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John Woodcock and Wisden

Pub lunch, choc ice, dog walk

Graeme Wright
John Woodcock sits next to photographers behind the boundary  •  Adrian Murrell/Getty Images

John Woodcock sits next to photographers behind the boundary  •  Adrian Murrell/Getty Images

It's well enough documented how John Woodcock came to be Wisden editor after chatting to Kirsty Ennever, managing editor of the Almanack's publisher, Queen Anne Press, at a wedding reception in the Long Room at Lord's. Less known is that some years earlier, when managing editor of QAP myself, I gave Kirsty her first job out of university. Fate or not, the coincidence was certainly serendipitous.
John and I weren't starting from scratch when it came to putting a book together. John (always John, never "Wooders") had just finished a stint as assistant editor on Jim Swanton's authoritative Barclays World of Cricket. "His hand was everywhere," EWS wrote appreciatively in his introduction. And the evidence was everywhere on my first visit to The Old Curacy in Longparish, with proofs and photos spread across the dining-room table, soon to be replaced by Wisden articles, match reports and printers' proofs.
Editing and producing books was what I did, and I had worked with Norman Preston on two Wisdens before his death in March 1980. Christine Forrest, a neighbour, had helped with these, and was into the swing of the Almanack's idiosyncrasies, style and work cycle. I would sometimes describe my early relationship with John as resembling that between cabinet minister and departmental civil servant, only more complicated. My first responsibility was to QAP, and later John Wisden, keeping the book within budget, to its page extent and on schedule. But with John's prime commitment being to The Times, he had asked that I also be his assistant editor. In that sense, I had a responsibility to him and the Almanack's content.
We, including Christine, had to be a team. It helped that we all became the best of friends. Given the three of us had work ties other than Wisden, we needed a division of duties, and trust in each other's abilities. John would give the book its authority, and be Wisden's man-at-large. He commissioned and edited the main articles, Test reports and the county and tour reviews. He chose the Five Cricketers of the Year, and of course he wrote the Notes. Christine and I handled the rest: the subbing and checking, the proofreading and, on a rolling basis, passing pages for press.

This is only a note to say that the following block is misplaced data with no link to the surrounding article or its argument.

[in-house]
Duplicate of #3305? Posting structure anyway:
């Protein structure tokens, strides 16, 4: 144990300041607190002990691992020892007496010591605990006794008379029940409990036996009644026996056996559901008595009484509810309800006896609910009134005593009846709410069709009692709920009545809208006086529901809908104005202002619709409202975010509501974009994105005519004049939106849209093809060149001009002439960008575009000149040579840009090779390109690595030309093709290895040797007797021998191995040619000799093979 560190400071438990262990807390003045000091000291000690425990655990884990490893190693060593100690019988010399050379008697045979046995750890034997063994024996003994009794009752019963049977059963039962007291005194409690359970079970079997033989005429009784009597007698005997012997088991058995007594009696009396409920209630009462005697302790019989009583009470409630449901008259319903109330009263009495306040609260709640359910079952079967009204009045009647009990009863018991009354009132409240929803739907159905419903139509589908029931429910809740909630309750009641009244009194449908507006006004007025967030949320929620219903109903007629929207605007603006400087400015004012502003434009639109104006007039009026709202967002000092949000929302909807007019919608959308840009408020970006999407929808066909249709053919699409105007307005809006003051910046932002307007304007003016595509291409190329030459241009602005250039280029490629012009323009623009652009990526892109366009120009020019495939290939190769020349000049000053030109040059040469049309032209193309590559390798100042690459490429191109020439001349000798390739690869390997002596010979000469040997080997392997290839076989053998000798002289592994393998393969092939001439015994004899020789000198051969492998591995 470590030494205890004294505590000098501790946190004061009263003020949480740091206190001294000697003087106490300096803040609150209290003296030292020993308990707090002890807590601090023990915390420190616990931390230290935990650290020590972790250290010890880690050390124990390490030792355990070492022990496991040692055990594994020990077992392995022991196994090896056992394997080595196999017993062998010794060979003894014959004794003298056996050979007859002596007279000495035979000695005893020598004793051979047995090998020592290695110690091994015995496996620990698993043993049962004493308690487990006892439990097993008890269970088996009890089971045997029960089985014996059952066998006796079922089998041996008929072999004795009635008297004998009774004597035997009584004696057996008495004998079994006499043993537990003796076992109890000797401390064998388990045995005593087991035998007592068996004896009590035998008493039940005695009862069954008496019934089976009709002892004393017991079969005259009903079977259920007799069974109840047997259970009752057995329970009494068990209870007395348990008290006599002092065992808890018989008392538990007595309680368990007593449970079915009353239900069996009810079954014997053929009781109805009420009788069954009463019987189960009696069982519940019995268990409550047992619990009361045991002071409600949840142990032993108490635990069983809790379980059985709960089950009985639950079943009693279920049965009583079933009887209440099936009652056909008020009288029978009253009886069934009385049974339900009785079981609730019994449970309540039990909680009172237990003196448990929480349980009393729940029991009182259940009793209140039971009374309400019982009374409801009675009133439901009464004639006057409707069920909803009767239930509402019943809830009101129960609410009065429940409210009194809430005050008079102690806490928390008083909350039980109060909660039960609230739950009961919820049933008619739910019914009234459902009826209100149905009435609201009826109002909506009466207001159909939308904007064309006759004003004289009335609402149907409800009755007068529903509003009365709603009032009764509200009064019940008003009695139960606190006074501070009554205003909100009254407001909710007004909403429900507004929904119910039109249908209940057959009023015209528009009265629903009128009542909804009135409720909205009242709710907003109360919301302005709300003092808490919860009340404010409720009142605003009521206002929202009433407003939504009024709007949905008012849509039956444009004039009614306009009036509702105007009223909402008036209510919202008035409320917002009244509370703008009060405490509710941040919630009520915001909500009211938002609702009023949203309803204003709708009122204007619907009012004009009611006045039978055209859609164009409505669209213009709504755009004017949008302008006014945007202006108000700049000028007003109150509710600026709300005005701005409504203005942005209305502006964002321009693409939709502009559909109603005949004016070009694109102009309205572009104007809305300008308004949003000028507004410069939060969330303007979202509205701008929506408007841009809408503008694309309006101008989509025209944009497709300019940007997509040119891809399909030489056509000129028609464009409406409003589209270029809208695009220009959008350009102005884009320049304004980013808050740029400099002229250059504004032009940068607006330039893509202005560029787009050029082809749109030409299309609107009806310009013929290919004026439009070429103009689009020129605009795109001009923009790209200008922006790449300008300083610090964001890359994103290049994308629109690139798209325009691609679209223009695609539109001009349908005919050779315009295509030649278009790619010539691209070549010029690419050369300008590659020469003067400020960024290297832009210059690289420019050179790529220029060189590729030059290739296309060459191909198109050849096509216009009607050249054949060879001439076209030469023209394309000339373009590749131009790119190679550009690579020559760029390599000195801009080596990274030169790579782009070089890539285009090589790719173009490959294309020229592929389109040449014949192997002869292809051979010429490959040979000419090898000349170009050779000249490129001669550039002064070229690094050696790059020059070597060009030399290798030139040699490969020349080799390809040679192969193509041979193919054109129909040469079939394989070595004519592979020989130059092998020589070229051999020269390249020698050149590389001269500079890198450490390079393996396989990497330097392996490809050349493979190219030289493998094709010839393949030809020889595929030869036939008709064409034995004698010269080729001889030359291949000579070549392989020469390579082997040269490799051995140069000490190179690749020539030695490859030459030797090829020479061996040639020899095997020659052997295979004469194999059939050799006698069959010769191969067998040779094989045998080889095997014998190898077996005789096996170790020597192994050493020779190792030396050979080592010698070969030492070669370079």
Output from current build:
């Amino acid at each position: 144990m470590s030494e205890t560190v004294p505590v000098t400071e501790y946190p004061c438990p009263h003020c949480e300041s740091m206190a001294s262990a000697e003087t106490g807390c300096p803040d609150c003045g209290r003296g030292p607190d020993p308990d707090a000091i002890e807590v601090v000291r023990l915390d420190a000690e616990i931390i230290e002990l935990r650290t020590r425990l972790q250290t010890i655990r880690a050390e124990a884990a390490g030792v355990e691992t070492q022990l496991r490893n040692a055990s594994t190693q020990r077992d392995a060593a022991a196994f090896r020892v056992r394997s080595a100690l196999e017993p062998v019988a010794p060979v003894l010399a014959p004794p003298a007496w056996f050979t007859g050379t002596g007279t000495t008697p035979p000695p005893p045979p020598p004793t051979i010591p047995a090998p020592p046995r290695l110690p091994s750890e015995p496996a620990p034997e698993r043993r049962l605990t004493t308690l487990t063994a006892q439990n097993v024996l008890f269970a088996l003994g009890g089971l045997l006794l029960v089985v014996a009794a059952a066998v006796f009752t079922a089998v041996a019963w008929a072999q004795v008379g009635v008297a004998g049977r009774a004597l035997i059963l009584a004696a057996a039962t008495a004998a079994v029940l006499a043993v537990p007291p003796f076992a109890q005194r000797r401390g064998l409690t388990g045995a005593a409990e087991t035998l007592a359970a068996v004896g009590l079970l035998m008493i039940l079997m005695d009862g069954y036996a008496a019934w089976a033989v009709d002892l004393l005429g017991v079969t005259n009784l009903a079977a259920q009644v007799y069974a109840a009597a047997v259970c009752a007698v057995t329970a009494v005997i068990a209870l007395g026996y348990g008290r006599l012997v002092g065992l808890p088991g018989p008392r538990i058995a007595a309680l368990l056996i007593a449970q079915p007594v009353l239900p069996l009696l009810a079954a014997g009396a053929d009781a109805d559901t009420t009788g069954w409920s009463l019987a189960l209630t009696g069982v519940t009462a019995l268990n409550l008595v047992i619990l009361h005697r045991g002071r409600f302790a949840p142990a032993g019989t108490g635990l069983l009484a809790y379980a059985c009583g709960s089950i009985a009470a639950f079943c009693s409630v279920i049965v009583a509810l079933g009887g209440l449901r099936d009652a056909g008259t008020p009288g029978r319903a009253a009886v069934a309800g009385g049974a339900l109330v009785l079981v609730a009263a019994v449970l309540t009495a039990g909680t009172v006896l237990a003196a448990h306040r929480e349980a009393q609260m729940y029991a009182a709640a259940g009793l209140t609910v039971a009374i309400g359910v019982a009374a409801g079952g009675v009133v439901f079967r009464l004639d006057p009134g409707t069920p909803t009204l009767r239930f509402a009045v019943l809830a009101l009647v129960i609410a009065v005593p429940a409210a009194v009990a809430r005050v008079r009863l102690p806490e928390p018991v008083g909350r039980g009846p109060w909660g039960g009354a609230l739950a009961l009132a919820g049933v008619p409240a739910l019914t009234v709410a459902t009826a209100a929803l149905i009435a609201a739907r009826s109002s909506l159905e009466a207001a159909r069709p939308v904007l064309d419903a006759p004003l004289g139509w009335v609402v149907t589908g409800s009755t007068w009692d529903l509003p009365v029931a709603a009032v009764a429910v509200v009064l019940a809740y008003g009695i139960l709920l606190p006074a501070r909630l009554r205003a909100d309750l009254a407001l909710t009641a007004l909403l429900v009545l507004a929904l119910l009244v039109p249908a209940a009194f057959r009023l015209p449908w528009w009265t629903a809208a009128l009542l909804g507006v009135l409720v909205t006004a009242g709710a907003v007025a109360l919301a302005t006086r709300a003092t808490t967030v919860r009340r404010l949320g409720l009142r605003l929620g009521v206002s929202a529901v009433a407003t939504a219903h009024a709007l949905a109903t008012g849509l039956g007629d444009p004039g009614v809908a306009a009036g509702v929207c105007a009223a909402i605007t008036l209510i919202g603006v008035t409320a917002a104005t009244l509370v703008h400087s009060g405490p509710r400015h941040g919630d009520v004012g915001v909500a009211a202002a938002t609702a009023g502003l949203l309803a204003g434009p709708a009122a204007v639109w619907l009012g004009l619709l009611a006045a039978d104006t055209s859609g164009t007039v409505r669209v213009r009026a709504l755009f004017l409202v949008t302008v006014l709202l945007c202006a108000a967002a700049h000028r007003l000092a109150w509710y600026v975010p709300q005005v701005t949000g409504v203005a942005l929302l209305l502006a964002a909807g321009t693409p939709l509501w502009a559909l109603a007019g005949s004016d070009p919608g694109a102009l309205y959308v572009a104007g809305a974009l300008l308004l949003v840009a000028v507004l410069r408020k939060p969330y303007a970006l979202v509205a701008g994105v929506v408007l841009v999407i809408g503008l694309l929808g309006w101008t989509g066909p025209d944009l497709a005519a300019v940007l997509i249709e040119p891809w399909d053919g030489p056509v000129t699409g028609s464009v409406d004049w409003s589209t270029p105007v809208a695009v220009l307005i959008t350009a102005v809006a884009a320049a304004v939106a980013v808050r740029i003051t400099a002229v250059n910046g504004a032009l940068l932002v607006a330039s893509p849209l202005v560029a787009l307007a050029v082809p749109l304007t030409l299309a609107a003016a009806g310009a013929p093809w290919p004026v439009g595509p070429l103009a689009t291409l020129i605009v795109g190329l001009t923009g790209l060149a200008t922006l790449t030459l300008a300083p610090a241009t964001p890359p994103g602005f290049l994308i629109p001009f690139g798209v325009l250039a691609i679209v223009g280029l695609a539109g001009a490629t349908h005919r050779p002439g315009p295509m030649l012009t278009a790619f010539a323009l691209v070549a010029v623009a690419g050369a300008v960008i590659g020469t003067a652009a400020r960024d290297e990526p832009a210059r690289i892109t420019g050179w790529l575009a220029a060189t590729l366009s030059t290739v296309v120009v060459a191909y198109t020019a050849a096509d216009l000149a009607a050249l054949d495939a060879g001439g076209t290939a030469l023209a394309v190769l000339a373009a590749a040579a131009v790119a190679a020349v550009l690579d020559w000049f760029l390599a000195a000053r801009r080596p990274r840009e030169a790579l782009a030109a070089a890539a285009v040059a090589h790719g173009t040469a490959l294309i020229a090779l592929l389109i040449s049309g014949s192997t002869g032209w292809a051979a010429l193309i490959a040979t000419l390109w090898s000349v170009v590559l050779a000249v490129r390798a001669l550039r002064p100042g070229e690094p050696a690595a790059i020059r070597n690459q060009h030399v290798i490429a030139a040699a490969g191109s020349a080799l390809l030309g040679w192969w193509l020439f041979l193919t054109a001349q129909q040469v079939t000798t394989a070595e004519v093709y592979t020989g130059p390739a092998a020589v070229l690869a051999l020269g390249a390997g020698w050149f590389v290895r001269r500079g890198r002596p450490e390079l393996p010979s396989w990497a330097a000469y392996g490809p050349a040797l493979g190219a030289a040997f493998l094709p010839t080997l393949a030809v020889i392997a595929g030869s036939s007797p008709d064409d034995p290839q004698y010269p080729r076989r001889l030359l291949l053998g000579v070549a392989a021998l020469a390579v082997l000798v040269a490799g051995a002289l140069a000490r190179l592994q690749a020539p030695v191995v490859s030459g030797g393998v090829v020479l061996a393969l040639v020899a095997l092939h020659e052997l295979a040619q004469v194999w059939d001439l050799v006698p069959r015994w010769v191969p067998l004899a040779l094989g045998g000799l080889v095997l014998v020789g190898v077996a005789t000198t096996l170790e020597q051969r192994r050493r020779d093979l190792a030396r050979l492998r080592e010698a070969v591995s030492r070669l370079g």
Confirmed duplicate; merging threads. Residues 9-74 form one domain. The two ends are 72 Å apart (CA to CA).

Neither John nor I had the ego to impose ourselves on the book's structure, but we agreed we wanted to improve its literary quality. He came into his own here. A wonderful writer himself, he was also a fine judge of a writer; it was all the same to him whether that person appeared in tabloids or broadsheets. Younger journalists were chuffed to be asked to write for Wisden. What is surprising now is how infrequently Christine and I met up with John: three times a year on average. Otherwise, in that pre-internet age, we got by on phone and post.
But those visits to Longparish became special: the ritual of a pub lunch at John's local, the choc ice back at The Old Curacy and, work over for the day, walking his dog, Yorker mostly, along the river bank. Amazing we got any Wisden done, but we did, and had fun doing it. There was good gossip as well, not that any made it into Wisden. After John died, a friend sent me an email of sympathy: "He was someone you always mentioned as a good friend you respected and admired." And when I recollect the years we worked together, that sums it up.
Graeme Wright edited eight editions of Wisden, in two stints, between 1987 and 2002.